Jayne Dowle: Mary’s shopping list exposes shoddy service

Mary Portas
Mary Portas
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YOU have to hand it to Mary Portas. Unlike certain individuals drafted in by the Government to provide expert advice, she has delivered promptly on her promise. Her retail review has given us all something to think about, and in launching it, she gave a big compliment to our own Barnsley market, calling it “the best market she had been to”.

So thank you Mary. But I’m wondering whether all your efforts will amount to nothing more than several months’ foot-slog and an impressive set of 28 recommendations to bring the High Street back to life.

These include some hard ideas which should make ministers and local governments think – not least the argument that business rates should be reduced or made easier to manage for small retailers.

There are also some serious nuts and bolts suggestions which should be taken up, such as giving teeth to the leasehold code, which helps to protect businesses from unscrupulous landlords who up the rent with no comeback.

But there are two fundamental problems which must be addressed if this review is to make any difference at all – the attitude of the public to shopping, and the attitude of (some) independent retailers.

Are you going shopping today? Or tonight? If you are actually venturing out of the house rather than staying in with a nice warm laptop, do you want a shopping centre, where you can leave the car safely and for free, and wander from shop to shop without freezing? Or would you rather struggle to find a car-parking space in town, end up having an argument with a traffic warden, find that the small branch of the store you need hasn’t got what you want and won’t get it in til a week on Wednesday, and end up staggering to the café just as the “Closed” sign goes up?

It’s a basic question, but it is one that millions ask themselves every day. And every day, a huge proportion of these people follow their instincts and head for the nearest shopping centre. We’re spoilt for choice in Yorkshire, with Meadowhall and the White Rose Centre to name just two, and any number of retail parks and outlets.

Shopping in one of these places might bring on the requisite retail rush, but it is rarely inspiring, does nothing to promote any sense of community and usually ends up with a long and frustrating wait in traffic to get out and home. But if millions of people do it every weekend, some with religious ritual zeal, then it must be offering something.

If Mary and those ministers want just a fraction of these people to turn the car round and drive it to the town centre or the High Street instead, then they must be really ruthless about what motivates them.

We advocates of keeping it local can blah on all we like about the importance of supporting small shops and supporting communities, but it’s a numbers game. Unless urban areas have something to offer which can’t be found at the mall, the volume of shoppers will simply never be high enough to sustain them. And we should be realistic. The High Street can’t offer everything. But it can offer an experience.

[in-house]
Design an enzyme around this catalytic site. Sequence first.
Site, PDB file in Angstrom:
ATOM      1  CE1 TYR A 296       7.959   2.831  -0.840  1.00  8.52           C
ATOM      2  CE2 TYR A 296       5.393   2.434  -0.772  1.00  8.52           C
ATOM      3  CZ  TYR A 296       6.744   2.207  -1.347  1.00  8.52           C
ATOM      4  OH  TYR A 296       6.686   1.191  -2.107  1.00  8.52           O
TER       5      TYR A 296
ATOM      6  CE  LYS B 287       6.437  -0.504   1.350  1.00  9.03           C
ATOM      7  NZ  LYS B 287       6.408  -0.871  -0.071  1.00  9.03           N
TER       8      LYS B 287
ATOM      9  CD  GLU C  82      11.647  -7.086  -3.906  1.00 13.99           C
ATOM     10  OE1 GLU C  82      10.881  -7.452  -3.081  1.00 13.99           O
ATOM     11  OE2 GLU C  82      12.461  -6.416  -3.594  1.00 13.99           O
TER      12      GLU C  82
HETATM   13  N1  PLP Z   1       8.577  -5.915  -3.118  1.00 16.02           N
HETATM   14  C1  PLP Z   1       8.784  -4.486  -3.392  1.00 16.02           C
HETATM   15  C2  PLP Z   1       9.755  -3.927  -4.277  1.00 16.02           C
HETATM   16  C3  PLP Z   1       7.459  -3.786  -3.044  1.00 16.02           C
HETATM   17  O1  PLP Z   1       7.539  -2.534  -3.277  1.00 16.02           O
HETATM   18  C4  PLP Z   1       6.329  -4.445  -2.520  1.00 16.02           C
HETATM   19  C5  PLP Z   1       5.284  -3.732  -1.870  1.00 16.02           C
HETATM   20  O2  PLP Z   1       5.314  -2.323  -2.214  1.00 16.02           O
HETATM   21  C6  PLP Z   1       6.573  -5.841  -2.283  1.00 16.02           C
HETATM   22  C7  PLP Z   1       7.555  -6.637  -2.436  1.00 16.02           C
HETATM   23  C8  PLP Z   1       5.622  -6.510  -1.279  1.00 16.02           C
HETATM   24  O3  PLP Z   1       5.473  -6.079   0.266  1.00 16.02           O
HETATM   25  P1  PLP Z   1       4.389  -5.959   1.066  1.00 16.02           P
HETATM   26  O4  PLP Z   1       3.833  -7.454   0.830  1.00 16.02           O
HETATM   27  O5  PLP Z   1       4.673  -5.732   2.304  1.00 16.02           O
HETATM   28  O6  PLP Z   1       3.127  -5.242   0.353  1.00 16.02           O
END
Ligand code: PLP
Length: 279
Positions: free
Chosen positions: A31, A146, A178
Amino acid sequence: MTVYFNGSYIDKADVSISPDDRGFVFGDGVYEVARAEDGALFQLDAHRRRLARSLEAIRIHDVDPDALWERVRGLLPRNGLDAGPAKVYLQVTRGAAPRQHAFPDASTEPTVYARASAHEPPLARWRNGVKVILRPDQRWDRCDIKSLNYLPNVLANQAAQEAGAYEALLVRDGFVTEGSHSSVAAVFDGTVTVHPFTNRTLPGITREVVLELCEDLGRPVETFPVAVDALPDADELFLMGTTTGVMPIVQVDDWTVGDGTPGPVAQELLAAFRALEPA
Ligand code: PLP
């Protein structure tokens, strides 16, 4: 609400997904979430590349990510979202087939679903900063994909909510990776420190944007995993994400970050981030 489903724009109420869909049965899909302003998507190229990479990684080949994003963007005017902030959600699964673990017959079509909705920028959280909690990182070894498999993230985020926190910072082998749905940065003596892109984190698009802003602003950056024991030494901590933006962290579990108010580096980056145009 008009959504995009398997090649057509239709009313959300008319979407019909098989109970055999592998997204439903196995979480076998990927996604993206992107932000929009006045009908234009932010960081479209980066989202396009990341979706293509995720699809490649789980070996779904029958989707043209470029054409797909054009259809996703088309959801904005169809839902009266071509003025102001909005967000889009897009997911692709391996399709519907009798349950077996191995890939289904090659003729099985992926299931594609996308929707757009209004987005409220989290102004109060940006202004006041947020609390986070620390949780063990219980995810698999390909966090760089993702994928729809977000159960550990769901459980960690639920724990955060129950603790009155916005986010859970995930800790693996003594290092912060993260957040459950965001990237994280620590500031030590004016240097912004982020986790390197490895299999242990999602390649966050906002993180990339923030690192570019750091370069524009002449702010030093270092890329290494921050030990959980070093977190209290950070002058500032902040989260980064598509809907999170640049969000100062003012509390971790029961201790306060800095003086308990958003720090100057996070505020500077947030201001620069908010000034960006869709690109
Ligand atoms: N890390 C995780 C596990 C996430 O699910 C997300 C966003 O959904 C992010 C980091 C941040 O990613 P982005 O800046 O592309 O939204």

This notion that these areas should be about more than shops, and offer a place for people to socialise and hang out is a nice one. It also chimes with the truth that our shopping habits are now so diverse, we will never go back to simple shopping trips dominated by a butcher, a baker and a travel agent.

If you look at places like Sheffield’s Ecclesall Road, you can see how it might work. But you can’t – and I am glad to see the review acknowledges this – roll out one blueprint across the country.

What works in Esher is not going to happen in Hull. Each town or village or suburb should be empowered to develop its own honest identity. And in Barnsley, if that means pound shops and three wisps of chiffon which call themselves a dress for the weekend on a market stall, then so be it.

Which brings me to those independent retailers. We are blessed in Yorkshire with some seriously creative entrepreneurs who have set up their own businesses and will bend over backwards to cater for their customers. But it is not always so. What about those shops which think it acceptable to close at quarter to four, just in time to miss the rush of potential customers leaving their offices? What about those shops which don’t open on a Sunday, when most people have the most leisure time to spend browsing? It is a but a short step from shutters down to “To Let” sign. I have friends who run shops, so I know it isn’t easy, but having a shop is all about a little thing called “service”.

Offer it, and customers will come from miles around. Ignore it, and they will jump in the car and drive for miles in the other direction. It doesn’t take a 28-point official review to tell us this. Just go shopping and see for yourself.